Land use plan


From a multimillion Aerobus transport system that will connect Saipan and Tinian to a planned establishment of “the world’s largest waterpark, 20 hotels and a 1-kilometer long shopping strip” that will create at least “10,000 jobs” in Marpi and “a grand six-star hotel, a luxury village, and a lavish shopping mall,” along with a new hotel in San Antonio and a new hotel in Garapan now under construction, you’d think Saipan will be the envy of islands in the region.

The latest round of press releases from new and old investors is amazing and amusing. So much so that one wonders whether the transitional program allowing thousands of foreign workers or CW-1 permit holders in the CNMI will continue beyond 2019, and whether Saipan is big enough to accommodate such big, ambitious plans in a responsible and manageable manner.
With all this excitement that investors are trying to build, all the more that the CNMI needs to update its outdated comprehensive public land use plan. It’s long overdue.

A few months ago, the Department of Public Lands issued a request for proposals to complete a “CNMI comprehensive public land use plan update for Rota, Tinian, Saipan and the Northern Islands,” with a submission deadline of July 28, 2015.

This DPL project aims to update the land use plan and policies that will serve as both a physical and policy-based blueprint to manage the future development of public lands in the CNMI.

It will have updated information on how best to regulate land use on Saipan, for example, in the midst of all major ongoing and planned developments such as new hotels and an integrated casino resort, taking into account power and water systems, sewage systems, roads and other infrastructure, along with best ways to preserve natural resources.

From the issuance of the notice to proceed, the contractor will have 365 days to complete the CNMI comprehensive public land use plan update based on the RFP.

But the general public has yet to hear from DPL as to the status of RFP 15-DPL-070 for the comprehensive public land use plan update.

Who were the firms that responded to the RFP? Has a contract been awarded? If yes, to whom and how much? Or has the deadline for submission been extended? Or has the RFP been cancelled? If the project is progressing as planned, how far has the contractor gone?

DPL, which is responsible for the administration, management, use, leasing, development and disposition of all public lands in the CNMI, is also tasked with developing and adopting a strategic public land use plan that promotes cultural and economic growth.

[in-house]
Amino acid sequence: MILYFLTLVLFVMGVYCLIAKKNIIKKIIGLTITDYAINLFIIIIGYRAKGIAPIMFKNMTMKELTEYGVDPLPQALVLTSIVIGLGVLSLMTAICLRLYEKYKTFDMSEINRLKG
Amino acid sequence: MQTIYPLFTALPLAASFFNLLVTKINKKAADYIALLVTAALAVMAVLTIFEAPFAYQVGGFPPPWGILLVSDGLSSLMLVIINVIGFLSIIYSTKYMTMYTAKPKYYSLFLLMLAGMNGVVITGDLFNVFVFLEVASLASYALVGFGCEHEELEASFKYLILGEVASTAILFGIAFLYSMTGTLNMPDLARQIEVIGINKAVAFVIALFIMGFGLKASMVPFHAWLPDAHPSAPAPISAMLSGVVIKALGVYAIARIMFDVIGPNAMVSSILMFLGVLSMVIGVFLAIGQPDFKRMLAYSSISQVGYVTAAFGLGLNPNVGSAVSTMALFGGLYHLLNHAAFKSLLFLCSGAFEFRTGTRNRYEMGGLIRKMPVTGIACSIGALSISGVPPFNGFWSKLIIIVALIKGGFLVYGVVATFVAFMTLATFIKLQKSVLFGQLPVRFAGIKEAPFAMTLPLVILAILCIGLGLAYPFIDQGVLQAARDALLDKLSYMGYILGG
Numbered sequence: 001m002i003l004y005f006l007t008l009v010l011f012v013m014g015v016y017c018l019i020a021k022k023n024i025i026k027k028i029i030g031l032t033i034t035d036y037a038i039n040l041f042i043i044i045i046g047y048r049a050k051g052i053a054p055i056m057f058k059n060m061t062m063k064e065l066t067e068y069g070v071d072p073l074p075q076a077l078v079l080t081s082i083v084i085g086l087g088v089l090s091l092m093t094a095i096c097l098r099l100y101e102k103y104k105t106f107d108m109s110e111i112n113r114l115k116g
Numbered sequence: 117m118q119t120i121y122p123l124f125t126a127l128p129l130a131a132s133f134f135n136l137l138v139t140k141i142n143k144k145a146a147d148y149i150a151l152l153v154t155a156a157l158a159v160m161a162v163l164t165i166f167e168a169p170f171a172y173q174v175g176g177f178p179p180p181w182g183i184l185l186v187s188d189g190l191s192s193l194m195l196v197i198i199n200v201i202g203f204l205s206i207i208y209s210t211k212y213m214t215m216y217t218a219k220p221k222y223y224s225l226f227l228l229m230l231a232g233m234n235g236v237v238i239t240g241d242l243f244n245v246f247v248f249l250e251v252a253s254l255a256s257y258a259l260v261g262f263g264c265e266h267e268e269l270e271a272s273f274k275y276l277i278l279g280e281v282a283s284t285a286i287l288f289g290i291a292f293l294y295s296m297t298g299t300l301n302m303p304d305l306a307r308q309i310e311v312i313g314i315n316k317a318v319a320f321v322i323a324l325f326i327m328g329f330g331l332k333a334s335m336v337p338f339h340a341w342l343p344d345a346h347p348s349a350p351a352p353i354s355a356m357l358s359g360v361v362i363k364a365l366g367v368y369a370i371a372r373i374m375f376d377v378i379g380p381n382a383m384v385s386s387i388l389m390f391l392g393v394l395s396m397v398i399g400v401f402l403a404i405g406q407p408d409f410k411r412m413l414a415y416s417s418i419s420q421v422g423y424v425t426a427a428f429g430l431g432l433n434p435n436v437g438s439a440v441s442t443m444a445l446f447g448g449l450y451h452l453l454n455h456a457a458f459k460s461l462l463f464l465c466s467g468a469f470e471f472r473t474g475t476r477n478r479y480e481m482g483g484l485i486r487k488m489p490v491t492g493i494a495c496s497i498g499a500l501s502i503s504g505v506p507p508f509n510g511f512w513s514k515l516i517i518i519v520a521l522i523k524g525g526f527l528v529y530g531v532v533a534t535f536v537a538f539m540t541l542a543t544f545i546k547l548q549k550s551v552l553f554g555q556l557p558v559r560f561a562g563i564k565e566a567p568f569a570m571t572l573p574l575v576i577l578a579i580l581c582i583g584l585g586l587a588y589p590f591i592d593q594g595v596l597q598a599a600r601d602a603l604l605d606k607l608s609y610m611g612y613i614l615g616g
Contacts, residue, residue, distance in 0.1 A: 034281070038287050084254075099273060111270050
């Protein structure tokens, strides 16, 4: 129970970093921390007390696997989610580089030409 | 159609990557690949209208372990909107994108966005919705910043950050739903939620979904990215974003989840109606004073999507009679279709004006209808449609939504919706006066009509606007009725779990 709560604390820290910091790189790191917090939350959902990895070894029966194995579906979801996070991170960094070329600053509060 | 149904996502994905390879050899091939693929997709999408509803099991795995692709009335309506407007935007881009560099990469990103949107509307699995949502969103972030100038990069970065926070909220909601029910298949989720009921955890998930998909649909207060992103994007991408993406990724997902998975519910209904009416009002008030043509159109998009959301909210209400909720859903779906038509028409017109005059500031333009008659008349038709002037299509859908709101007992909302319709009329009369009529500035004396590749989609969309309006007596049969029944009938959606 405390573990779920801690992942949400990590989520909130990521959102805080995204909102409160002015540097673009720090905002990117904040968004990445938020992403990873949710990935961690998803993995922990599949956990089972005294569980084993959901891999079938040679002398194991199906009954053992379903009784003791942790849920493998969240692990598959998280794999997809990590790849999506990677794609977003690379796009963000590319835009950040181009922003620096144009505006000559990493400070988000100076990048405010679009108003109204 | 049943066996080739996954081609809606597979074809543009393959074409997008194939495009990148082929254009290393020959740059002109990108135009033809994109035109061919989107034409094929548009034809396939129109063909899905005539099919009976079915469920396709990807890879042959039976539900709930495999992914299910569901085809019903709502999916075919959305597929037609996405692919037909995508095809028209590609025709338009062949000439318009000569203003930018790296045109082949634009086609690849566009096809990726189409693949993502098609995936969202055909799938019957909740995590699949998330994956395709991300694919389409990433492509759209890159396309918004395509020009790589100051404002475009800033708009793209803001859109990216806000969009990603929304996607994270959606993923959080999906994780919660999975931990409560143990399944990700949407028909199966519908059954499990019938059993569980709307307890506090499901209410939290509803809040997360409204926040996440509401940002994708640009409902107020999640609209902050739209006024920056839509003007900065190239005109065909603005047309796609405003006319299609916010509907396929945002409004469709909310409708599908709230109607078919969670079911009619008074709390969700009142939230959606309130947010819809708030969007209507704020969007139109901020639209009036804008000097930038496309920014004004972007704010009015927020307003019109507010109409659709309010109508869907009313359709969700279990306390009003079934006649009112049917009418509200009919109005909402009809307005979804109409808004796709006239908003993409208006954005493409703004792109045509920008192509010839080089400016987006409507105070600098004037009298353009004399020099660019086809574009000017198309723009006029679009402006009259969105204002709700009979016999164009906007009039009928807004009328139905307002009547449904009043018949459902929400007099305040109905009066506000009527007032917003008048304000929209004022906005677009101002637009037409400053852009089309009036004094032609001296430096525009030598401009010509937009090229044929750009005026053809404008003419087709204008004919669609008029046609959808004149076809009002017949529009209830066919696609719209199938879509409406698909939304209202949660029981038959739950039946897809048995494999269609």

It is unfortunate that an update on the outdated public land use plan wasn’t done “prior” to the CNMI Legislature and the Inos administration’s legalization of casino operation on Saipan, and the eventual grant in 2014 to Best Sunshine International of an exclusive license to build an integrated casino resort on the island. The project plan is massive, requiring tracts of lands that will showcase Saipan’s natural beauty.

Best Sunshine promised a $7-billion investment for an integrated casino resort. So far, it has opened a live training facility in an existing duty free shop while it is still building the Grand Mariana Resort project in Garapan. For Phase II of its integrated casino resort project, Best Sunshine is hoping it could get a big site in Marpi rather than in “piecemeal” locations across Saipan.

Specifically, Best Sunshine is targeting the current site of the established Mariana Resort & Spa in Marpi, one of the last major Japanese investments on Saipan. Mariana Resort’s extended public land lease expires in 2018.

As we all know, Mariana Resort wants to negotiate a new lease with DPL. Two years ago, DPL started calling on hotels with expiring public land leases to start communicating with DPL their plans and Mariana Resort indicated its desires.

DPL later said it will instead bid out the lease to the lands held by Mariana Resort when it expires in 2018 (after a total of 40 years of leasing it), and Best Sunshine has already announced it will participate in the bidding process to get the precious public land for their integrated casino resort.

Now all sides have their own reasons for pushing their agendas and each has their interpretation of the CNMI Constitution provision on public lands leased to the maximum 40 years and what happens when that 40-year lease expires. It won’t be surprising if this matter reaches the court. It’s just a matter of time.

Hopefully, an updated CNMI comprehensive public land use plan will be completed before DPL, and other parties, go any further on the Mariana Resort land lease. Uncertainties about the expiring 40-year Mariana Resort land lease do not inspire investor and public confidence.

And whatever course of action DPL pursues will be a litmus test to what’s going to happen to the other expiring public land leases held by major and long-term investors in the CNMI such as the global hotel brand Hyatt Regency.

Haidee V. Eugenio Eugenio

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